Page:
“She understands young kids and their development stages,” says Mirkin. “She knows science. And she understands story and entertainment. She is as funny as she is smart—and compassionate. I want her involved in every project I do for kids, and I envy her students who get to spend even more time with her than I do.”
PBS sought out Sweetman again to review proposals for new children’s programming that eventually led to one of its more recent hits, Elinor Wonders Why, and the show’s accompanying digital learning media and curriculum.
Sweetman worked with the show’s creator, Jorge Cham, who holds a Ph.D. in robotics from Stanford University, and Daniel Whiteson, who holds a Ph.D. in physics from the University of California, Berkeley. With them, she developed scripts, educational games, and a wide range of free teaching and learning resources.
“Sara was an invaluable member of our team,” says Whiteson. “She always had her finger on what aspect of a concept would be tricky for viewers to understand, and ideas for how to break it down, make it digestible, and keep it fun.”
Cham adds, “Sara is a joy to work with. Her vision for how to depict the process of science and asking questions to little kids really matched what we were trying to do with the show.”
Before designing the curriculum for Elinor, Sweetman and her team worked with educators at URI’s Child Development Centers in Kingston and Providence and Rhode Island PBS, as well as Rhode Island teachers and home childcare providers, to develop and test the plans.
Elinor, an animated rabbit, and her friends, Ari, a bat, and Olive, an elephant, celebrate 4- to 5-year-olds’ ability to ask questions and make careful observations of the natural world.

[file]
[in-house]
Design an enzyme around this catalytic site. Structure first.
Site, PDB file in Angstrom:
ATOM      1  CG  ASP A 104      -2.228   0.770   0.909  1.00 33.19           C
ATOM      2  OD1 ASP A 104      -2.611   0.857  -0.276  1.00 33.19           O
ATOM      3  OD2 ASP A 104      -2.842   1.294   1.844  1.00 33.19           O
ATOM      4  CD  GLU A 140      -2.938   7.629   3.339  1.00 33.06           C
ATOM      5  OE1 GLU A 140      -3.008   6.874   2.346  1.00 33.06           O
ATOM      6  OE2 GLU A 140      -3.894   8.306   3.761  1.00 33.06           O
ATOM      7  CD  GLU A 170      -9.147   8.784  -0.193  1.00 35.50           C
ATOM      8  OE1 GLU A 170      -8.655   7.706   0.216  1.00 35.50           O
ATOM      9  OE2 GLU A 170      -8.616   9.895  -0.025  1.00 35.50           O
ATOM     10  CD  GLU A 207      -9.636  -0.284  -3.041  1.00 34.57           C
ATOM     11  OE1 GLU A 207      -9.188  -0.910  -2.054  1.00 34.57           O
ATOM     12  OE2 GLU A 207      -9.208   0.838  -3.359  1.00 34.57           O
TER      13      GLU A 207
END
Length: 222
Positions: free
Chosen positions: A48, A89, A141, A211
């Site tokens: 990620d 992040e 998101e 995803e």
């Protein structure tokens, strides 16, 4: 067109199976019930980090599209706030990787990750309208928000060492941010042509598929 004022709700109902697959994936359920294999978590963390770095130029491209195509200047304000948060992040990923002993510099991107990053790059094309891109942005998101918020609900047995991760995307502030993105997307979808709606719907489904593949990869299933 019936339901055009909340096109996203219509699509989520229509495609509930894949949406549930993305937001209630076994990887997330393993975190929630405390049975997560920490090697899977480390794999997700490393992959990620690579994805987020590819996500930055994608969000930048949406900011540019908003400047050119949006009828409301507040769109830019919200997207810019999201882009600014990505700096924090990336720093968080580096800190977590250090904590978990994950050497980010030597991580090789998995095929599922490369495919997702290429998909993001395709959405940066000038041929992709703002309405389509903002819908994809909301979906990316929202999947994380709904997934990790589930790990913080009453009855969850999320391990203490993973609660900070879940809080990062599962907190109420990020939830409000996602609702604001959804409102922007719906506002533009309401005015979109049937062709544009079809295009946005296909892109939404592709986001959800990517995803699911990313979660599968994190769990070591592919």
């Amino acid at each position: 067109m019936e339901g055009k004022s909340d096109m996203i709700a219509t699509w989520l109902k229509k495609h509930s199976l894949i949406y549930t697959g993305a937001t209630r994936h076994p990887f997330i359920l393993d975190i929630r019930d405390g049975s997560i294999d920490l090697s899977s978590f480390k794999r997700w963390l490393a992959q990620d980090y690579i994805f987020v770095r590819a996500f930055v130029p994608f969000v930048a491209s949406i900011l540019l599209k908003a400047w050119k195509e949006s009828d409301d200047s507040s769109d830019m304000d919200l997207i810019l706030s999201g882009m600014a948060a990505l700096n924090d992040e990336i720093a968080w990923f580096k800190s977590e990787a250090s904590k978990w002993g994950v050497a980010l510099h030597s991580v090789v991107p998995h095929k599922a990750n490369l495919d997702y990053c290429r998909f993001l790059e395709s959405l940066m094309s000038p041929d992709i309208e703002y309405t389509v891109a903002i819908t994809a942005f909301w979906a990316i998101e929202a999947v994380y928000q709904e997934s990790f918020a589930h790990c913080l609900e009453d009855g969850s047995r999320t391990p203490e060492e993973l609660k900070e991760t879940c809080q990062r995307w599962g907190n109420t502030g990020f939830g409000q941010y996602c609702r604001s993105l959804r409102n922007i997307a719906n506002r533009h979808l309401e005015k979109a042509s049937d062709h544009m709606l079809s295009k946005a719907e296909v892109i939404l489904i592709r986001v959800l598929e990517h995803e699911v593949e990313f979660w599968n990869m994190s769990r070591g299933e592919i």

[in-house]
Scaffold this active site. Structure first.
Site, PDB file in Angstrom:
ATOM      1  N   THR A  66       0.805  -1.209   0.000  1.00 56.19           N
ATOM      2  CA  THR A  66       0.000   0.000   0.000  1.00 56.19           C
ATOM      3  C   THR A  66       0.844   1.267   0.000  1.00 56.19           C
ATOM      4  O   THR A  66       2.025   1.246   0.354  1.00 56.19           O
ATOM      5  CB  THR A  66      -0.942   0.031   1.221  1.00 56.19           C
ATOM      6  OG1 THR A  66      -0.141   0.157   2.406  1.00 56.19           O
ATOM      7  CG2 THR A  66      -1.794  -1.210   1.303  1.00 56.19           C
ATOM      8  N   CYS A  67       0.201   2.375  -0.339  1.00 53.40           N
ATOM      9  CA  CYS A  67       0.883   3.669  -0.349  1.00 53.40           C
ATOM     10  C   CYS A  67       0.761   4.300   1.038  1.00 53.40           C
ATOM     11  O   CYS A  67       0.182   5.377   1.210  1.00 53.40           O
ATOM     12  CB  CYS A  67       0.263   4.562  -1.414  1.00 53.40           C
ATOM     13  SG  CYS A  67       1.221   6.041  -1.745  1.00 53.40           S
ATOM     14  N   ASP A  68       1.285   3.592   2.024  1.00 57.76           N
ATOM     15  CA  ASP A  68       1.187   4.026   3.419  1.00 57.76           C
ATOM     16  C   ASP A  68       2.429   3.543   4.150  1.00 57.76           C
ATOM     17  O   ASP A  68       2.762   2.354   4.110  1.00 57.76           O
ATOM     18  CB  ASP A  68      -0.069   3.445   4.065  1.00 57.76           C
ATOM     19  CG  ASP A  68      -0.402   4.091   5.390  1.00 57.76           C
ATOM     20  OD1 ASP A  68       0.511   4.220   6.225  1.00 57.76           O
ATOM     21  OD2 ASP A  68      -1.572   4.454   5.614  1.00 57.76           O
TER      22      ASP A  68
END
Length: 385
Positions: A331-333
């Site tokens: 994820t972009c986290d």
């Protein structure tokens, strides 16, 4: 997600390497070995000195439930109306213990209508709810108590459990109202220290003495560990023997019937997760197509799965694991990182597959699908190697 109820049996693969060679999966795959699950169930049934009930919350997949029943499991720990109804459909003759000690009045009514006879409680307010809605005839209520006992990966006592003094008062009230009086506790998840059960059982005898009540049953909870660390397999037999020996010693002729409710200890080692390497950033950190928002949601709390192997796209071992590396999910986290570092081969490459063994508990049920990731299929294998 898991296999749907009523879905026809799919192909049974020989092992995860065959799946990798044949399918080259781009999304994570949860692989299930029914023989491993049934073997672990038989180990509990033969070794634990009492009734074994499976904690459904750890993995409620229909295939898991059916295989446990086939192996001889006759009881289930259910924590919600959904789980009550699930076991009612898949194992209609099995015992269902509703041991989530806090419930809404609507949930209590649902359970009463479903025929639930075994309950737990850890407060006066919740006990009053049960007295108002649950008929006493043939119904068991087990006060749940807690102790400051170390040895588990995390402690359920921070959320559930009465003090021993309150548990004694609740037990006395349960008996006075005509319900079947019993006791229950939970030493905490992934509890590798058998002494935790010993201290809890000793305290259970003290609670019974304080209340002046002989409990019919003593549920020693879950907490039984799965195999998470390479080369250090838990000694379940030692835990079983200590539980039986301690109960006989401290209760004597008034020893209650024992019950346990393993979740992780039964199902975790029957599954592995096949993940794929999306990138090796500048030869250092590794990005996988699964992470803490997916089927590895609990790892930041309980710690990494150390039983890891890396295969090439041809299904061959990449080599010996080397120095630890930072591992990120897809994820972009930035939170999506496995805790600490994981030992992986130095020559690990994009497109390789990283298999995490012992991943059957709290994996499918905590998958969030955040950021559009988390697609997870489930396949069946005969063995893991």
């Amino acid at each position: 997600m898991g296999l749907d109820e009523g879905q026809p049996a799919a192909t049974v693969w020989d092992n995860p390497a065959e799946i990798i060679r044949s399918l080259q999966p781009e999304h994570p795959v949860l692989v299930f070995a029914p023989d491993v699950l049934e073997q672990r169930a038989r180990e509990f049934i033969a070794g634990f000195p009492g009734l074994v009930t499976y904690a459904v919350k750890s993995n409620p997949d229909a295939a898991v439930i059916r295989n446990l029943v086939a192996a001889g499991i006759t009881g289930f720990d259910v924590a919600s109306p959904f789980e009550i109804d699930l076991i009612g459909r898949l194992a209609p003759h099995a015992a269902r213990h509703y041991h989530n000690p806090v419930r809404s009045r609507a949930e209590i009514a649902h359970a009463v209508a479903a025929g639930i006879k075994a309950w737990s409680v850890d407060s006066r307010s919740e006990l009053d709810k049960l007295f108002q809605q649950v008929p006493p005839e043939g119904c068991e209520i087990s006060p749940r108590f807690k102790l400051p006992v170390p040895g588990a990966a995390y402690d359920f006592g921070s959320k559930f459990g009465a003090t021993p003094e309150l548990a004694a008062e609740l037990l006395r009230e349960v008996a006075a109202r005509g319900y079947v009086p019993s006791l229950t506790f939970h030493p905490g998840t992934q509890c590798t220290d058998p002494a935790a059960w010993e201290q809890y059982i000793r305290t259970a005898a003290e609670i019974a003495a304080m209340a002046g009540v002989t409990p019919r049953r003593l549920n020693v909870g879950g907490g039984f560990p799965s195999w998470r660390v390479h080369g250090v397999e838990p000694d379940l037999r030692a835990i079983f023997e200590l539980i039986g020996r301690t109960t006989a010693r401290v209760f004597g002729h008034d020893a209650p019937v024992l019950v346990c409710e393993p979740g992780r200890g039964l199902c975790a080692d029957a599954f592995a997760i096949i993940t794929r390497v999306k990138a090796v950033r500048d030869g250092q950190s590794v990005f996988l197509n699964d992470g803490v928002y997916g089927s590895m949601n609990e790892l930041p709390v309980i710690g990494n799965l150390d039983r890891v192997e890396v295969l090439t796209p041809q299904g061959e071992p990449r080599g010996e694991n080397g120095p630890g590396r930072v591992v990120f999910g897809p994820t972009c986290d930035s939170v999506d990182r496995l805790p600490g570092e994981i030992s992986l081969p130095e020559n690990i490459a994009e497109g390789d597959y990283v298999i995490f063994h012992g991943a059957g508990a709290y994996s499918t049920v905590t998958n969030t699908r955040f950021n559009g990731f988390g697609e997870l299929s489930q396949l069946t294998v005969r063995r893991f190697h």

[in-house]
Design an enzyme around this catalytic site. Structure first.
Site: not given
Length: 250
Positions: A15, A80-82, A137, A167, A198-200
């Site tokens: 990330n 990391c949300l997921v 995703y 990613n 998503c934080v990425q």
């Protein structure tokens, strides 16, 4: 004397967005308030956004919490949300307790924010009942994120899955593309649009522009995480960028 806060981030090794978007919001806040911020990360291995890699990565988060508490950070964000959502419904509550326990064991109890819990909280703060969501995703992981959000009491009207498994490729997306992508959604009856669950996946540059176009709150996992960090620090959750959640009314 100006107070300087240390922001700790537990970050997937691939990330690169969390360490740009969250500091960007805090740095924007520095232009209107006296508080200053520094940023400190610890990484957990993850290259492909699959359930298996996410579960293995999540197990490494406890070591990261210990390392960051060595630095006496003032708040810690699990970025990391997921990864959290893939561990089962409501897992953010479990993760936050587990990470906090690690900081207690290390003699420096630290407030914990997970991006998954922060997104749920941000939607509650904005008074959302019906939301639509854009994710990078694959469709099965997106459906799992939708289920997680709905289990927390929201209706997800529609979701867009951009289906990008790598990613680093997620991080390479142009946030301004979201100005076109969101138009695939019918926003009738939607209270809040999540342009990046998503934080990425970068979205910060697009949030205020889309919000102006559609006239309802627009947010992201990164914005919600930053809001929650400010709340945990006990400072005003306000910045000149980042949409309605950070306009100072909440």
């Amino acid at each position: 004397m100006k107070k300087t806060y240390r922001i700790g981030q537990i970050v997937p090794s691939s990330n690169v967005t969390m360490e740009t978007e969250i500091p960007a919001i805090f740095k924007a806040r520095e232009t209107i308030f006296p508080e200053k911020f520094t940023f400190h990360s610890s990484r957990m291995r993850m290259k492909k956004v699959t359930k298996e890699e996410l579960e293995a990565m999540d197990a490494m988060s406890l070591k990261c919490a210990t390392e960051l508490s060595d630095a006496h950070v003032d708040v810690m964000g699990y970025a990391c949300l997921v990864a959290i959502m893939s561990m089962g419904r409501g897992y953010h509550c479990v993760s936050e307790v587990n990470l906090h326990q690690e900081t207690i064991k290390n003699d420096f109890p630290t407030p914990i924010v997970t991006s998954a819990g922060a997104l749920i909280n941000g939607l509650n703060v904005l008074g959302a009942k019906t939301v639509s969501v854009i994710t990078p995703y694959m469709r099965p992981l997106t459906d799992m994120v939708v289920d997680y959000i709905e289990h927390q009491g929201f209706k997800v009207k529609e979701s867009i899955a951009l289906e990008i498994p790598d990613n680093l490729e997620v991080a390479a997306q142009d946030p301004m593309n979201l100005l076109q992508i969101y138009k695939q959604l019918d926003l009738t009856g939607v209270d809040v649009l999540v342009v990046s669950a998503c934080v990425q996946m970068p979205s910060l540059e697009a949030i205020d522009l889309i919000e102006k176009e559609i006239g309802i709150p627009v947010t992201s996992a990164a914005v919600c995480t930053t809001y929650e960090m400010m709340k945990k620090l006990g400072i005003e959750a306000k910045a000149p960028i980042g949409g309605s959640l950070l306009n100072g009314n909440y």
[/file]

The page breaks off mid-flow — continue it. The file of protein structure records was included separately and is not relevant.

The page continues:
“The Cat in the Hat Knows a Lot About That! focuses on physics, while Elinor Wonders Why focuses on the natural world,” Sweetman says. “The Cat focuses on experimental and engineering design and Elinor focuses on asking questions and making observations as she encounters the outdoors.”
Sweetman has become so adept at teaching and developing science content that people she works with sometimes assume that she is a scientist.
“I often am introduced as a scientist, but I have to correct that,” Sweetman says. “You never learn as much as you do when you have to teach the material. In my work with GEMS-NET, I am continually excited to work with URI scientists and am inspired by the classroom teachers in the GEMS-NET program. They always bring something new to our workshops, a new way of thinking.”
Sweetman adds, “You also learn that even scientists don’t know everything, so they are excellent role models for all of us to continue learning.”
And what keeps Sweetman going as a full-time professor, director of GEMS-NET, and consultant and researcher for PBS and its Ready to Learn Initiative?
“I so enjoy the curiosity and perspectives of preschoolers and elementary schoolchildren and the way they observe and ask questions,” Sweetman says. “Also, with every new TV show I work on, come different experiences and missions.” •